FEAR NOT IF THE PEARLS ARE SCATTERED UNSTRUNG | The Daily Star
12:00 AM, May 27, 2016 / LAST MODIFIED: 12:00 AM, May 27, 2016

Heritage

FEAR NOT IF THE PEARLS ARE SCATTERED UNSTRUNG

Photos: courtesy

Glimpses of Old Dhaka, written by Syed Muhammed Taifoor (1885-1972), is one of the most influential books ever written on the subject of the history of Dhaka. And this statement is not an exaggeration in any way. If you read on this topic, you inevitably will come across references to Taifoor's book.

Go ahead. Give it a try now. Open a book about the history of Dhaka. Or open a few articles on Wikipedia that deals with this matter. Now, go to the footnotes or bibliography section. Chances are extremely high that Taifoor's book will appear on the list.

Now that's how authoritative the book is!   

It was published in 1952, and an enlarged second edition came out a few years after that.

As you open the book - named 'Glimpses of Old Dhaka: A Short Historical Narration of East Bengal and Assam with Special Treatment of Dhaka' - the very first page draws you in with this couple of beautiful and inspirational lines:

"Fear not if the pearls are scattered unstrung;

They only await to be re-strung in better order."

The foreword had been written by none other than A.K. Fazlul Haq, Governor of East Pakistan.

As you quickly flip through the pages, you will see a lot of writings in Arabic, Persian, etc - poems and inscriptions and verses. Some of them are followed by English translation. These heart-warmingly beautiful words make the book even more amazing.

Taifoor was well versed not just in English and Bengali, but in Urdu and Persian too.

And while you're browsing through, you will also see some visuals; mostly paintings of monuments and different sights of our city, almost all of which  were drawn by Charles D'Oyly (1781-1845), who was a Collector of Dhaka.

The book ends with a large map of the city.   

With the old map and paintings and poems and the very fact that this book has been written more than half a century ago, Glimpses of Old Dhaka indeed has a feeling of antiquity to it.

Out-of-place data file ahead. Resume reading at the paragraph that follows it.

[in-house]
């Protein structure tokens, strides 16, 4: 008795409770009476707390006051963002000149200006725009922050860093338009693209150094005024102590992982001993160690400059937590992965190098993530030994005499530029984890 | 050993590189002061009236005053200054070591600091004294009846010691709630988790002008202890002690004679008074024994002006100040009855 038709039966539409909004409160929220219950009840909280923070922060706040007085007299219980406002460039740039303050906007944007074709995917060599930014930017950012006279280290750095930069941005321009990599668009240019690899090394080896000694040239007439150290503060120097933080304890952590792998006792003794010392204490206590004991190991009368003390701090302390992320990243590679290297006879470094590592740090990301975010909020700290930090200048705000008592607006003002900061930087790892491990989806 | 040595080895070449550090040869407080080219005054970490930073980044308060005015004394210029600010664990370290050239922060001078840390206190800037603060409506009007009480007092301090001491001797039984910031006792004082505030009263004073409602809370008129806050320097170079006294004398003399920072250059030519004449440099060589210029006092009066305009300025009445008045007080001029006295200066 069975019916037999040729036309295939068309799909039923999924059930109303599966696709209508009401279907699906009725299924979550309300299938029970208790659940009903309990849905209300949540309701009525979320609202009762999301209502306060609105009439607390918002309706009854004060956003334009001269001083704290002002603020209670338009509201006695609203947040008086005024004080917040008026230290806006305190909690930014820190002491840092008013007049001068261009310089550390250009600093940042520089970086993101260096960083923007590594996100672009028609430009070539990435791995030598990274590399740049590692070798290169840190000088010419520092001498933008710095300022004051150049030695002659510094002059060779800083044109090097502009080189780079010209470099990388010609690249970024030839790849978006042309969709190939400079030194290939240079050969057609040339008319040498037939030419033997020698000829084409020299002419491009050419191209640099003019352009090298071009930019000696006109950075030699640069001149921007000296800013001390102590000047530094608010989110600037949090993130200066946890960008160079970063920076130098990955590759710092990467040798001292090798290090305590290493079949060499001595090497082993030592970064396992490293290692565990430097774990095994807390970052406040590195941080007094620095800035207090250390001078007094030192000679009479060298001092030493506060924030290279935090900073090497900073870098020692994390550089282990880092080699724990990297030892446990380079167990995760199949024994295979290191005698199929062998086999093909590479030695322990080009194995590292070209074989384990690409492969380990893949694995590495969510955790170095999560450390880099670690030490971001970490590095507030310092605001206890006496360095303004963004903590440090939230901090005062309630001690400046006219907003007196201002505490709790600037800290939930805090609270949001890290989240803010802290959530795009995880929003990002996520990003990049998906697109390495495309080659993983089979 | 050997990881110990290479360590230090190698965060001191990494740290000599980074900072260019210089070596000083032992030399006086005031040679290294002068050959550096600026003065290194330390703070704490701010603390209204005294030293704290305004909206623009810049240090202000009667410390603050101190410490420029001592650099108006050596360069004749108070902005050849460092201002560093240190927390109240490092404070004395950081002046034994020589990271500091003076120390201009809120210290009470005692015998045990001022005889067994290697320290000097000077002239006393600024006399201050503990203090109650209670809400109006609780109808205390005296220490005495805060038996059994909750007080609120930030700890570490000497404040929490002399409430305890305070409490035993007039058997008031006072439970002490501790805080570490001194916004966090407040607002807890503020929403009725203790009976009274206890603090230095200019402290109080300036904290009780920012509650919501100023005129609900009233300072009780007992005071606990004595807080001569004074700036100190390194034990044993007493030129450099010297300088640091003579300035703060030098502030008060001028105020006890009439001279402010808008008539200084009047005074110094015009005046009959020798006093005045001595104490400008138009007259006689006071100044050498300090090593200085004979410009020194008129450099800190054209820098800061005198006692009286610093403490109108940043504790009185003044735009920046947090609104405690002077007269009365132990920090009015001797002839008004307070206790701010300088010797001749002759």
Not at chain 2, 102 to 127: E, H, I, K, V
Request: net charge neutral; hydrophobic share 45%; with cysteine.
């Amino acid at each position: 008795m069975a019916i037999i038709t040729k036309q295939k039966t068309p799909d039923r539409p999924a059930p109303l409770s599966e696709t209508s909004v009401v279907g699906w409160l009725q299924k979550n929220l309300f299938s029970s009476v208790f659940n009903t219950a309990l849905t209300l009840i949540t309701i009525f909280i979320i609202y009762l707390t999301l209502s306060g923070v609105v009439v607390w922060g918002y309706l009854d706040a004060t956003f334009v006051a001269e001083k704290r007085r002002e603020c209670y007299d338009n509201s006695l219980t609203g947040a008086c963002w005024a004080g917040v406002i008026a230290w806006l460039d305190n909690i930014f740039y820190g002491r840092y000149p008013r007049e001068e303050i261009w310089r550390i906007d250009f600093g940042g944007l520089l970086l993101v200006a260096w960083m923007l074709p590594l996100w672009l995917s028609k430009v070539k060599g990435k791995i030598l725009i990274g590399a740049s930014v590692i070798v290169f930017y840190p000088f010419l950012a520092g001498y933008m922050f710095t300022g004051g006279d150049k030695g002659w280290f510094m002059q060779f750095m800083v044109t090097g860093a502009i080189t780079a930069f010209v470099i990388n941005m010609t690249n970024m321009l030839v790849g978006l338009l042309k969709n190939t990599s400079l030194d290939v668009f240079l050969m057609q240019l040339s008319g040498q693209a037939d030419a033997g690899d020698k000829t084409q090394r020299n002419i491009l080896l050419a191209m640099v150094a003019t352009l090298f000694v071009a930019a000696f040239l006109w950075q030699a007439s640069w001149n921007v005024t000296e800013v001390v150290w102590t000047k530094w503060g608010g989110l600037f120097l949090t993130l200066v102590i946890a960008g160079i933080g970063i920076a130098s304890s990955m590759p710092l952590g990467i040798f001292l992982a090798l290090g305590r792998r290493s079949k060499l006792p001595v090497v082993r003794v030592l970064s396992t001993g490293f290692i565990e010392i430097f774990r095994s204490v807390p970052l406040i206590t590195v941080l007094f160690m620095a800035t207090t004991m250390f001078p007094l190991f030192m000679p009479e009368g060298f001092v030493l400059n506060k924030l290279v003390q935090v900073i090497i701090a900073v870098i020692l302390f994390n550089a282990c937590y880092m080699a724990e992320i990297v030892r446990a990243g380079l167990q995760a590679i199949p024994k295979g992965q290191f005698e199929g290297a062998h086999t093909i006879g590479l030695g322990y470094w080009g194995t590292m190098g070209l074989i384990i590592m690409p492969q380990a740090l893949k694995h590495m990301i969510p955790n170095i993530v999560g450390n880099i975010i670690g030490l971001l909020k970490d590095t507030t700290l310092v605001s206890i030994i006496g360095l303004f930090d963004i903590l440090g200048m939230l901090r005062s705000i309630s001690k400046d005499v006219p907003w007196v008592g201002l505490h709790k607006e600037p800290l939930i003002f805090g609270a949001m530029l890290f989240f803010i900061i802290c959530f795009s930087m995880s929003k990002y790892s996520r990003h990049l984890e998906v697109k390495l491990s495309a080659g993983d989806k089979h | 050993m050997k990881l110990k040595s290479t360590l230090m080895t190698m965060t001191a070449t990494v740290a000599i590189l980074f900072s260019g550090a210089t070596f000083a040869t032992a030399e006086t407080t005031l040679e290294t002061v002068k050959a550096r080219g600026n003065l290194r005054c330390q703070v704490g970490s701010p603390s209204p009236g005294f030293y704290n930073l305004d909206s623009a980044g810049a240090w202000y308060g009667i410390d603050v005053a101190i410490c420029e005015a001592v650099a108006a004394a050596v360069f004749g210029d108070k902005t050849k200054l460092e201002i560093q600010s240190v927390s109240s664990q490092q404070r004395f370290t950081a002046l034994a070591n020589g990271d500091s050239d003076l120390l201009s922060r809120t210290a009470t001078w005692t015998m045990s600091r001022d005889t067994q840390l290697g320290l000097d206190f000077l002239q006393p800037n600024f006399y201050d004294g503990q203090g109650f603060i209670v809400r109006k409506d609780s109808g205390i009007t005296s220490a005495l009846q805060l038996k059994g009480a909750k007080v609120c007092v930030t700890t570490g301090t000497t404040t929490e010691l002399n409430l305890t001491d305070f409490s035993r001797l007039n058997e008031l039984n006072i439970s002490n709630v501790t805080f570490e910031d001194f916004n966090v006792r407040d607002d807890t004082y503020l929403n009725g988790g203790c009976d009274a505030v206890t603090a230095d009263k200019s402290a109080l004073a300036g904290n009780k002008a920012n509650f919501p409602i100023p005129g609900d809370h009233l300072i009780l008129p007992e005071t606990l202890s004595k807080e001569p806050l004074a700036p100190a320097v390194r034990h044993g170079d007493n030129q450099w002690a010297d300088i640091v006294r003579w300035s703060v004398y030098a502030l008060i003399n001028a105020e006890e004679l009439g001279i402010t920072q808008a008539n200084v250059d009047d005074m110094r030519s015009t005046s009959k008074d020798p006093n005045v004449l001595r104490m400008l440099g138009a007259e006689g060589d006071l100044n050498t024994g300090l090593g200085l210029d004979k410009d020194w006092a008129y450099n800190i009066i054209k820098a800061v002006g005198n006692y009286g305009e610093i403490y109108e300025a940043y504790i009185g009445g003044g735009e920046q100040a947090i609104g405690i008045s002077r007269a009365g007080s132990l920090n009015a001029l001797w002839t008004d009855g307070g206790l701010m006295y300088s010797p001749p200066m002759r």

It's an useful book. The narration begins from the time of the invasion of Bukhtiyar Khalji in 1204 down to the British rule. From the fiery Sultans to the rebellious 'Baro Bhuiyans' to the glorious Mughals to the aristocratic Nawabs, Glimpses of Old Dhaka deals with the city's political history, monuments and people.

But while you read it, keep in mind that Taifoor had '...written from a Muslim point of view', claiming that 'Non-Muslim writers invariably tried to discredit Muslim rule...'.

Nevertheless, if you are thinking of brushing up on Dhaka's history, this book is what you are looking for. An interesting and informative read, Glimpses of Old Dhaka alone will take you far.

S M Taifoor served as the Registrar of Kolkata. The aristocrat was closely associated with leaders like Nawab Salimullah and A.K.Fazlul Huq. He was also an antiquarian, who later donated his entire collection to Dhaka Museum (now Bangladesh National Museum).

His work, Glimpses of Old Dhaka, continues to be a treasure for historians and enthusiasts of Old Dhaka.

Photocopied version (made available with permission) of this incredibly rare book can be bought from The Bookworm, a bookshop located in Old Airport Road, Tejgaon.

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